Monday, January 21, 2013

Wonder by R.J. Palacio

Wonder is simply amazing! It is R.J. Palacio's debut novel which tells the story of August Pullman, a 10 year old boy born with mandibulofacial dysostosis complicated by a hemifacial microsomia, which adds up to a series of severe facial deformities. August (also known as Auggie) has had numerous surgeries to correct the problems with his face. Because of his health problems, he has been home schooled through to grade 4. But now, going into 5th grade, it's time for him to confront the real world, the world he must learn to live in.

His parents decide to enroll him in Beecher Prep, a private middle school. Everyone in his family, his mom and dad and his older sister Olivia (known as Via), have mixed feelings, because they know this will be a difficult, but necessary step for August. August's story is told through a series of narrators including August, Olivia, Summer Dawon, Jack Wills, Justin who is Olivia's boyfriend, and Miranda who is Olivia's former lower school friend. From each we get a different perspective on what happens to Auggie when he begins school.

The novel begins with August narrating. His parents take him in before school to meet Mr. Tushman, the principal, and to take a tour of the school with some of the students. Those students include Charlotte Cody, Jack Will, and Julian Albans, who on first appearance seem to be quite nice. However, it is Julian who seems to view August as a "freak" pointedly questioning him on his face.

However, August finds that it is very difficult to settle into school life. The three students whom he met earlier don't really hang out with him. Instead, he finds a new friend in a girl, Summer Dawson, who sits are his table during lunch just because she wants to. Summer's friendship encourages Auggie and helps make school a bit bearable.

After a terrible situation which Auggie calls "The Halloween Incident", he almost drops out of school. But Via tells him he's not a quitter and Auggie continues on, intent upon forming friends and completing the year. Can Auggie help his classmates to look deeper, go past his facial abnormalities to discover the wonder of who he really is?


The use of six different narrators for the novel works splendidly. Palacio does a brilliant job of establishing a unique quality to each narrator's voice. Using the various narrators allows the reader to get inside the head of the main characters, offering a window on the situations in the novel from their personal perspective. For example, from Via we see how she feels sometimes neglected and is struggling to build an identity for herself outside of being Auggie's sister. She loves her brother, and empathizes with all the pain and isolation that he's had to deal with, but she also wants people to focus on her and not always on her brother.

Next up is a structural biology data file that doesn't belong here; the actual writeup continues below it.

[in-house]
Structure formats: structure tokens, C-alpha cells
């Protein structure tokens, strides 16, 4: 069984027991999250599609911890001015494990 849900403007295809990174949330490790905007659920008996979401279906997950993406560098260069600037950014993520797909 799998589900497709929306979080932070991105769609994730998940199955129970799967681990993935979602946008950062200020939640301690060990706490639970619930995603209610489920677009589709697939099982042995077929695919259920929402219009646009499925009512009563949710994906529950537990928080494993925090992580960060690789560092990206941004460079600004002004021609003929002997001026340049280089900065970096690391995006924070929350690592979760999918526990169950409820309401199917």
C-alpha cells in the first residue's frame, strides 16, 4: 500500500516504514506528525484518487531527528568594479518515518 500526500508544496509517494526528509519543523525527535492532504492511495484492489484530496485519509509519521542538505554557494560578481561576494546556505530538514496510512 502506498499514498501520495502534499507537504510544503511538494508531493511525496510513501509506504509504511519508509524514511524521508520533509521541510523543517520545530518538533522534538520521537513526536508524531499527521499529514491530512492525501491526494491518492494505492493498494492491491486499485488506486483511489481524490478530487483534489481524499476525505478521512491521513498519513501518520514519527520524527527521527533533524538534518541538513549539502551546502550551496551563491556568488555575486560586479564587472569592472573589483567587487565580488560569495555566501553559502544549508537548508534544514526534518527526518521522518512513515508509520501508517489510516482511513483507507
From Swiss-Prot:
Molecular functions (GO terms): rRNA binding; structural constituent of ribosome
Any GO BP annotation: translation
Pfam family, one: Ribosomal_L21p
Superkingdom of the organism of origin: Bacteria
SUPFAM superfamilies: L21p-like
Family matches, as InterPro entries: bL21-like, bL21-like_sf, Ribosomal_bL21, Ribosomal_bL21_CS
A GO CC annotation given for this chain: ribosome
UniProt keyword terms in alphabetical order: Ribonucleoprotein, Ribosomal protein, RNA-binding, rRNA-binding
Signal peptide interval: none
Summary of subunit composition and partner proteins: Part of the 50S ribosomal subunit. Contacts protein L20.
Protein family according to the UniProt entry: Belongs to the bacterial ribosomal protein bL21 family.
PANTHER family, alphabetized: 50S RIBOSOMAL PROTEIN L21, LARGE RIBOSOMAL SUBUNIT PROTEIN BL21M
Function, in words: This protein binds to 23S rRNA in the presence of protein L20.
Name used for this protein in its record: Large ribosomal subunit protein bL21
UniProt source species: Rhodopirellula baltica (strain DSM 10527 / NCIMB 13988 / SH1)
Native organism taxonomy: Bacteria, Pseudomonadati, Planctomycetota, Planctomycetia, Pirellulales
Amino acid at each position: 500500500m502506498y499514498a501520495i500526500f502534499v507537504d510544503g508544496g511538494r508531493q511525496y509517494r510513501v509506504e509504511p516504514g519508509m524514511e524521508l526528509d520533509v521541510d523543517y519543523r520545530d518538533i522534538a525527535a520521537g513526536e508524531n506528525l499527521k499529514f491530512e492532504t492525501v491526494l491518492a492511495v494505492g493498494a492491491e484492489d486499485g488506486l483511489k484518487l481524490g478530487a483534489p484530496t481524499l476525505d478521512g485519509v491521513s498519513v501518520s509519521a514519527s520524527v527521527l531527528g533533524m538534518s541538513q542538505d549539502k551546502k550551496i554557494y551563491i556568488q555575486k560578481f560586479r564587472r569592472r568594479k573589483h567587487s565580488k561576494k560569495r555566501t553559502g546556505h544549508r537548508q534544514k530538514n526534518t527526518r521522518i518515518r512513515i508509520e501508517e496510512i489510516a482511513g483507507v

Some readers might wonder about the inclusion of Olivia's boyfriend as a narrator, since really, he is not an essential character to the story. However, Justin's experience of Olivia's family serves to show the reader how important it has been for Auggie to be raised in such a loving family and how with the support of his family he has been able to overcome many obstacles. Justin has never experienced anything like this before, coming from a family where he is mostly an afterthought. His experience has a profound effect on him.

August Pullman is an endearing character, with his sense of humour and his obsession over Star Wars. His favourite holiday is Halloween because he can wear a mask like everyone else and no one gives him a second look. August, is a sweet boy, who struggles to get people to accept him for who he is, just an ordinary boy with an extraordinary face.

Another excellent character is Mr. Browne, the grade five English teacher. Mr. Browne is a kind teacher who seems to care about his students. Each month he writes a precept, which is a type of rule, on the blackboard. Students are also encouraged to come up with their own precepts too. Overall, Browne's precepts are great, but the first one he gives his students is a Dr. Dwayne Dyer quote, " When given the choice between being right or being kind, choose kind." is problematic. Is it not possible to be right and kind? Is it kind to tell someone that an action or belief is right, when in fact it is morally wrong? Is kindness the standard by which we must govern all our actions? The rest of Browne's precepts are listed at the back of the novel and are interesting. But his first precept, in my opinion, is questionable, since it is relativistic and really says nothing about kindness nor about being right.

Wonder leads us to think about how integral our face is in forming our identity - who we are. It is our face that provides people with a first impression. What if we met a person without first seeing their face? Would that change our first impressions? August wonders this at Halloween.

"I wish every day could be Halloween. We could all wear masks all the time. Then we could walk around and get to know each other before we got to see what we looked like under the masks."

Wonder is simply wonderful! A great book for children's book clubs. A great book for young teens.

Book Details:
Wonder by R.J. Palacio
New York: Alfred A. Knopf             2012
315 pp.

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